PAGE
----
Using automated scanners, law enforcement agencies across the country have amassed millions of digital records on the location and movement of every vehicle with a license plate, according to a study published Wednesday by the American Civil Liberties Union. Affixed to police cars, bridges or buildings, the scanners capture images of passing or parked vehicles and note their location, uploading that information into police databases. Departments keep the records for weeks or years, sometimes indefinitely.
As the technology becomes cheaper and more ubiquitous, and federal grants focus on aiding local terrorist detection, even small police agencies are able to deploy more sophisticated surveillance systems. While the Supreme Court ruled in 2012 that a judge's approval is needed to track a car with GPS, networks of plate scanners allow police effectively to track a driver's location, sometimes several times every day, with few legal restrictions. The ACLU says the scanners assemble what it calls a "single, high-resolution image of our lives."
"There's just a fundamental question of whether we're going to live in a society where these dragnet surveillance systems become routine," said Catherine Crump, a staff attorney with the ACLU. The civil rights group is proposing that police departments immediately delete any records of cars not linked to a crime.
Law enforcement officials said the scanners can be crucial to tracking suspicious cars, aiding drug busts and finding abducted children. License plate scanners also can be efficient. The state of Maryland told the ACLU that troopers could "maintain a normal patrol stance" while capturing up to 7,000 license plate images in a single eight hour shift.
"At a time of fiscal and budget constraints, we need better assistance for law enforcement," said Harvey Eisenberg, chief of the national security section and assistant U.S. attorney in Maryland.
Law enforcement officials also point out that the technology is legal in most cases, automating a practice that's been done for years. The ACLU found that only five states have laws governing license plate readers. New Hampshire, for example, bans the technology except in narrow circumstances, while Maine and Arkansas limit how long plate information can be stored.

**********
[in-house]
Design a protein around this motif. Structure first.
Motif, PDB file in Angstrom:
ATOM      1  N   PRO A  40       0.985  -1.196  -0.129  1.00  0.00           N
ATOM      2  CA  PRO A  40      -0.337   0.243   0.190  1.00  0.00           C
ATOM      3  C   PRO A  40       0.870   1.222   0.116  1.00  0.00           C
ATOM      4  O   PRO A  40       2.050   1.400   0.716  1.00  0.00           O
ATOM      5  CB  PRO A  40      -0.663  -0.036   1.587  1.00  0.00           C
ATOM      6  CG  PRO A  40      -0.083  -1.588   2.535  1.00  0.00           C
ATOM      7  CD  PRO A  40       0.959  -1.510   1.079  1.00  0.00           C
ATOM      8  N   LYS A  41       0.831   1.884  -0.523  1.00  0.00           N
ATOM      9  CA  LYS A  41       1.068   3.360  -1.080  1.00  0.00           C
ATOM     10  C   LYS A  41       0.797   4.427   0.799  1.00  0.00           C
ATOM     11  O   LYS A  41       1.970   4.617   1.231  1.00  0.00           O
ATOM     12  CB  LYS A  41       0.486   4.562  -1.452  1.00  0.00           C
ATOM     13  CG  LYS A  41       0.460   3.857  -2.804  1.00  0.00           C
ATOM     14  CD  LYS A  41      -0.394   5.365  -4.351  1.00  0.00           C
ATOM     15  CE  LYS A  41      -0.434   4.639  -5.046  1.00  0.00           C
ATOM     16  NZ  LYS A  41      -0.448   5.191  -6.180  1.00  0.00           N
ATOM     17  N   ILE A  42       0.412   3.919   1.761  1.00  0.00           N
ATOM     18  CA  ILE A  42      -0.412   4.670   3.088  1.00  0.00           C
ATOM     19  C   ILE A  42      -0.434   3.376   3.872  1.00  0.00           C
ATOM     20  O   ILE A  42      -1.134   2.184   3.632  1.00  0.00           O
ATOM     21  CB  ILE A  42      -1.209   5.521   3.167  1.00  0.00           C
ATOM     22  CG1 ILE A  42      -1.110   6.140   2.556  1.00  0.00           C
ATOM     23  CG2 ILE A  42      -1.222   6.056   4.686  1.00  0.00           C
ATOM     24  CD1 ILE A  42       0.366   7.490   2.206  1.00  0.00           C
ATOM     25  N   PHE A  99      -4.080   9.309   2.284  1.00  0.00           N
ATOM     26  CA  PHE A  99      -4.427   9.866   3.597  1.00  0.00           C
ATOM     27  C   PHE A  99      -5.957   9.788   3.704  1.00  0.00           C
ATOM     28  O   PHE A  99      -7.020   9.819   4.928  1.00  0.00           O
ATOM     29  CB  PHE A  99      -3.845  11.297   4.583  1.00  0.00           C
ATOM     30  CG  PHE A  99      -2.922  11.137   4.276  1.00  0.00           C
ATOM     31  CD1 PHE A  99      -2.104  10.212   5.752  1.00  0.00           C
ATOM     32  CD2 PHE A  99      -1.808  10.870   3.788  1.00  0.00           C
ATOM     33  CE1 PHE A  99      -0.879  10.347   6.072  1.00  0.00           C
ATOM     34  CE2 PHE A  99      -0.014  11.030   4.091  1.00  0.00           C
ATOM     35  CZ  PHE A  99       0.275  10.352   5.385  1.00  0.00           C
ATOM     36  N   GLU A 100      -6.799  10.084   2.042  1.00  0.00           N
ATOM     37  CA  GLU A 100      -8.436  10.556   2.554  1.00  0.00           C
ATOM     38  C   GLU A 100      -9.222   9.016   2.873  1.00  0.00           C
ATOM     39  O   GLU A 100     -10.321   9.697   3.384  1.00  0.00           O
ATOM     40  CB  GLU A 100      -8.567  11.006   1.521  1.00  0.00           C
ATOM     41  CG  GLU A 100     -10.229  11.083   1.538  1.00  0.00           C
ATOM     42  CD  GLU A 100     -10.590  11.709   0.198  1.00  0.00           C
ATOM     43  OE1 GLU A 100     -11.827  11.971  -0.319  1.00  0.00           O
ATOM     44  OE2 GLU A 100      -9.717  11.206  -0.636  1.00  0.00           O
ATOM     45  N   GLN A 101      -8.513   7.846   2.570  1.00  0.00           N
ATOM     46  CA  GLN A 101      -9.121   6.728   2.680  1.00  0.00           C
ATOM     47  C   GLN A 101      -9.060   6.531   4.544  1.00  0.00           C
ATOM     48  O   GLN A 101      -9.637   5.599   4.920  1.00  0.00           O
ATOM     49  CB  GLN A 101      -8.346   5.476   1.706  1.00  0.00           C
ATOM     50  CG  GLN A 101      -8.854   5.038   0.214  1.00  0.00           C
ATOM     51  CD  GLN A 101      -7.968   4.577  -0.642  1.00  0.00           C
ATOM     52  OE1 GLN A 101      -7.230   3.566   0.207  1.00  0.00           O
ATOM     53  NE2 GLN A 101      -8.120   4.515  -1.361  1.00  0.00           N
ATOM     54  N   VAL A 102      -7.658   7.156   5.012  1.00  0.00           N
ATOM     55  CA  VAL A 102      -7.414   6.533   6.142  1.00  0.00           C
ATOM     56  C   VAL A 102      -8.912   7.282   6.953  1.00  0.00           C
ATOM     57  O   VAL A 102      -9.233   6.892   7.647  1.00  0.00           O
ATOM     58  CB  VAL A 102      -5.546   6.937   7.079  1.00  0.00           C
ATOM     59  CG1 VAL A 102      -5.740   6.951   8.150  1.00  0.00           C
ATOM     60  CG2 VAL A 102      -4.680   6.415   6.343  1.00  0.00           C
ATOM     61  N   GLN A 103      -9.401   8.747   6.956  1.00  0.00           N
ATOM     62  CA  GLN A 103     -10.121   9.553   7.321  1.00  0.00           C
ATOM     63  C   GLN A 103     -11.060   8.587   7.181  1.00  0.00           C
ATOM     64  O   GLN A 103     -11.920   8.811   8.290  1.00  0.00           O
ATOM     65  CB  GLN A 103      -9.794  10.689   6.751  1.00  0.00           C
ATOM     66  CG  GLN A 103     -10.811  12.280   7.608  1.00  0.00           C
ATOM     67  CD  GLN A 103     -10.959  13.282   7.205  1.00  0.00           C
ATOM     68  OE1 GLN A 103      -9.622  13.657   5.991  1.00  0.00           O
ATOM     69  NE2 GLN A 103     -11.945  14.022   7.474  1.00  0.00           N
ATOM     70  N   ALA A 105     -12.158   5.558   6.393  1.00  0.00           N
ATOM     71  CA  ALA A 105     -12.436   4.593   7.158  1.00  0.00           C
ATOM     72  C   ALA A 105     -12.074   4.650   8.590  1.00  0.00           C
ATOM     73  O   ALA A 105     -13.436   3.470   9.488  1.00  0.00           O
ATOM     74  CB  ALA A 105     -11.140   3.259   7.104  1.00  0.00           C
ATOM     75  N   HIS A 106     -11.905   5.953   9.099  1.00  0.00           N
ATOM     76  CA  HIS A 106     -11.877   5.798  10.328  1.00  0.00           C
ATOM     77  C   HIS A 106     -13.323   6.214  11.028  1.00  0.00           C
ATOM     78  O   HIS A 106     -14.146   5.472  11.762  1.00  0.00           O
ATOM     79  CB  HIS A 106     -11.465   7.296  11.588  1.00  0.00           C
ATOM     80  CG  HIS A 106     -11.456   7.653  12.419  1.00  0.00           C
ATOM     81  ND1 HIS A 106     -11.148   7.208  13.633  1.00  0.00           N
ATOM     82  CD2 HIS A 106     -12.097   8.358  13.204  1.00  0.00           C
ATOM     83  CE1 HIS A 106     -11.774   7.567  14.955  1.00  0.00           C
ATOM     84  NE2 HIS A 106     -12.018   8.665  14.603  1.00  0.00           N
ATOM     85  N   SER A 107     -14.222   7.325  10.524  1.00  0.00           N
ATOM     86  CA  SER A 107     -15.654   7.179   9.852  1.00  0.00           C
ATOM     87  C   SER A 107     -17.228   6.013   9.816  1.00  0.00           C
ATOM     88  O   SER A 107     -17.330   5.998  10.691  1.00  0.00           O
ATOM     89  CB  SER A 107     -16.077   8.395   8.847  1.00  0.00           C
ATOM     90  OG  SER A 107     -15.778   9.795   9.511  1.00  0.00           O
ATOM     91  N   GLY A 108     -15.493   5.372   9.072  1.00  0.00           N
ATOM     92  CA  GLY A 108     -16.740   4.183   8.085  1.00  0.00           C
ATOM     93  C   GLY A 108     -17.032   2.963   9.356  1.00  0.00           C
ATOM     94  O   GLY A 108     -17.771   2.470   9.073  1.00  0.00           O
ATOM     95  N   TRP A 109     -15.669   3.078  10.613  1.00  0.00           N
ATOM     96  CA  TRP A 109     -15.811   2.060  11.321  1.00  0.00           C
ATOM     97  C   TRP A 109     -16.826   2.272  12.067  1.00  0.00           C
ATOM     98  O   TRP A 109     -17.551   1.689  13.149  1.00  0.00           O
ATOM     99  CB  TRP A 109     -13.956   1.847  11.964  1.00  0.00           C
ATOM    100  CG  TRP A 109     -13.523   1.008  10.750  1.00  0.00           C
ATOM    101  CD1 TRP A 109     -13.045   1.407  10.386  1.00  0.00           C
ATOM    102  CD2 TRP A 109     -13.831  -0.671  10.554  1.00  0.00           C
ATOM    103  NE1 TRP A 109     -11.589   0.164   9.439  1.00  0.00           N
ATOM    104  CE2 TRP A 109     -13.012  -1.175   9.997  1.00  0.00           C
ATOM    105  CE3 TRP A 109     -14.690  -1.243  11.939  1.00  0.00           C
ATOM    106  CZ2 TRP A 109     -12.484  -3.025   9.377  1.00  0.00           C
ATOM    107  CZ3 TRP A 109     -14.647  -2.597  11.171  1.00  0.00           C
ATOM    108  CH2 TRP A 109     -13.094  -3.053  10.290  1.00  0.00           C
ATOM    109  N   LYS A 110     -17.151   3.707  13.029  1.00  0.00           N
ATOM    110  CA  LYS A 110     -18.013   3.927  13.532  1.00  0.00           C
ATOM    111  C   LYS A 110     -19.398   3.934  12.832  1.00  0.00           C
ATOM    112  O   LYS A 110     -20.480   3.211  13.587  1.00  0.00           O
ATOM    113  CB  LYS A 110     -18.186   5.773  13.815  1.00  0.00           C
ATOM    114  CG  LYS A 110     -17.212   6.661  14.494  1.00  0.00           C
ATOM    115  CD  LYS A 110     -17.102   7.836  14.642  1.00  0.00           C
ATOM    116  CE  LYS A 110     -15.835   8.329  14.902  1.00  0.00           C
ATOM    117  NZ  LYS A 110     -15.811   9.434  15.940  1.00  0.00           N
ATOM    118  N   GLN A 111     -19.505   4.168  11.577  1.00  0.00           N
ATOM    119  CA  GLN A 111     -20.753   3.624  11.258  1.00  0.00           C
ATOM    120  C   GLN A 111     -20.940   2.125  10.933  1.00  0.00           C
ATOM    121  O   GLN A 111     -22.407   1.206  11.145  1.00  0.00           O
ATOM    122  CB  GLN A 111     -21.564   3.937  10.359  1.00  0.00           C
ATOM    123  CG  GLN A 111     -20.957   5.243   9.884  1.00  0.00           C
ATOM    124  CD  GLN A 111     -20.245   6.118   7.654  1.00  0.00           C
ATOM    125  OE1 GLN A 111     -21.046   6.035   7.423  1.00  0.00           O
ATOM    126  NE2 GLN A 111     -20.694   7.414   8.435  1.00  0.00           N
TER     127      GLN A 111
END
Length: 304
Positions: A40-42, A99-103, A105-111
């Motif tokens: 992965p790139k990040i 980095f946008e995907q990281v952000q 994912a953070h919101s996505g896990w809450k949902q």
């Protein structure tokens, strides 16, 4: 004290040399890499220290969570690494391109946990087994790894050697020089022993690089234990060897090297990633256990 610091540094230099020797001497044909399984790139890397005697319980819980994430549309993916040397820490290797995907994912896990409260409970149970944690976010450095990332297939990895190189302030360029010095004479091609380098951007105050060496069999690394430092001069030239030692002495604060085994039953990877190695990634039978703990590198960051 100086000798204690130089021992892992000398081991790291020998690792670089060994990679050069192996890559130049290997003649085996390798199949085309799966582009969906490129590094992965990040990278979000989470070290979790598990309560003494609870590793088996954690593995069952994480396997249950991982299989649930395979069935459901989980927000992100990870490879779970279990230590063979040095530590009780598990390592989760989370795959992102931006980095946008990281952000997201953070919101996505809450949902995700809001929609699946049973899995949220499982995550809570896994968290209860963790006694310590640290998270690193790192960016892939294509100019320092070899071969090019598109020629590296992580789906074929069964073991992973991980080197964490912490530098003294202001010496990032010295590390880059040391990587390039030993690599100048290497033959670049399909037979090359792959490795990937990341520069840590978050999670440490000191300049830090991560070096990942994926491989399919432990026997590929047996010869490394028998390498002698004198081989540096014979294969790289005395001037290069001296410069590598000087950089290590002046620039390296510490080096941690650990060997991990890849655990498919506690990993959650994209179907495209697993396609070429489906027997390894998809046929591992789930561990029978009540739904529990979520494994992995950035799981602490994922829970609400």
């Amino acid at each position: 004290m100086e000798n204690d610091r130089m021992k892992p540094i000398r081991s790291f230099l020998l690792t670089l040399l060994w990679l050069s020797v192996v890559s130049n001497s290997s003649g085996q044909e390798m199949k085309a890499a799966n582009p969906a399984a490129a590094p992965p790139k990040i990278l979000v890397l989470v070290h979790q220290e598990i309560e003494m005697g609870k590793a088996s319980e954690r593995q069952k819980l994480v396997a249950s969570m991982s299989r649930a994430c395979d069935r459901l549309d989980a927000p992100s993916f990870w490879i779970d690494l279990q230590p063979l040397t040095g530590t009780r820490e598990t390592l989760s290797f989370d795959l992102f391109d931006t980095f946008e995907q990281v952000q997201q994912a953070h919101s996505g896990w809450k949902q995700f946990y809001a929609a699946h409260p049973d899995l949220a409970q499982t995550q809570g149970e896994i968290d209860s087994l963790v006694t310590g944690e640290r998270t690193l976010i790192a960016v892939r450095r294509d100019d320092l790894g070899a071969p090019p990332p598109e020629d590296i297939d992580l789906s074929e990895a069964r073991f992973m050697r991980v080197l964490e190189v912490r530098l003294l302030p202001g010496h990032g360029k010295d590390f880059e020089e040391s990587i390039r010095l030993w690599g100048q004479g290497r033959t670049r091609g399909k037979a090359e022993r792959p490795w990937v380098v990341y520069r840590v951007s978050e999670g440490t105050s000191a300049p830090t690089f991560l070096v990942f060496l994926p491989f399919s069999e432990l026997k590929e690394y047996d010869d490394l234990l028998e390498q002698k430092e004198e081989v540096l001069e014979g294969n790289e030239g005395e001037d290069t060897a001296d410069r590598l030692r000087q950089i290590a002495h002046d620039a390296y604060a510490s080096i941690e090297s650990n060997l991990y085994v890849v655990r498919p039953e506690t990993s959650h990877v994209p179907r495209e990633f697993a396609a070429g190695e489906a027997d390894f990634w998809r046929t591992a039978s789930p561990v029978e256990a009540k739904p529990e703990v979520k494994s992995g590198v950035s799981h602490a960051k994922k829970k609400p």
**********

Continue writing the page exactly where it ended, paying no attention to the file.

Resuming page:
"There's no expectation of privacy" for a vehicle driving on a public road or parked in a public place, said Lt. Bill Hedgpeth, a spokesman for the Mesquite Police Department in Texas, which has records stretching back to 2008, although the city plans next month to begin deleting files older than two years. "It's just a vehicle. It's just a license plate."
In Yonkers, N.Y., just north of the Bronx, police said retaining the information indefinitely helps detectives solve future crimes. In a statement, the department said it uses license plate readers as a "reactive investigative tool" that is only accessed if detectives are looking for a particular vehicle in connection to a crime.
"These plate readers are not intended nor used to follow the movements of members of the public," the department's statement said.
But even if law enforcement officials say they don't want a public location tracking system, the records add up quickly. In Jersey City, N.J., for example, the population is only 250,000 but the city collected more than 2 million plate images on file. Because the city keeps records for five years, the ACLU estimates that it has some 10 million on file, making it possible for police to plot the movements of most residents depending upon the number and location of the scanners, according to the ACLU.
The ACLU study, based on 26,000 pages of responses from 293 police departments and state agencies across the country, also found that license plate scanners produced a small fraction of "hits," or alerts to police that a suspicious vehicle has been found. In Maryland, for example, the state reported reading about 29 million plates between January and May of last year. Of that amount, about 60,000 - or roughly 1 in every 500 license plates - were suspicious. The No. 1 crime? A suspended or revoked registration, or a violation of the state's emissions inspection program accounted for 97 percent of all alerts.
Eisenberg, the assistant U.S. attorney, said the numbers "fail to show the real qualitative assistance to public safety and law enforcement." He points to the 132 wanted suspects the program helped track. They were a small fraction of the 29 million plates read, but he said tracking those suspects can be critical to keeping an area safe.
Also, he said, Maryland has rules in place restricting access for criminal investigations only. Most records are retained for one year in Maryland, and the state's privacy policies are reviewed by an independent board, Eisenberg noted.
At least in Maryland, "there are checks, and there are balances," he said.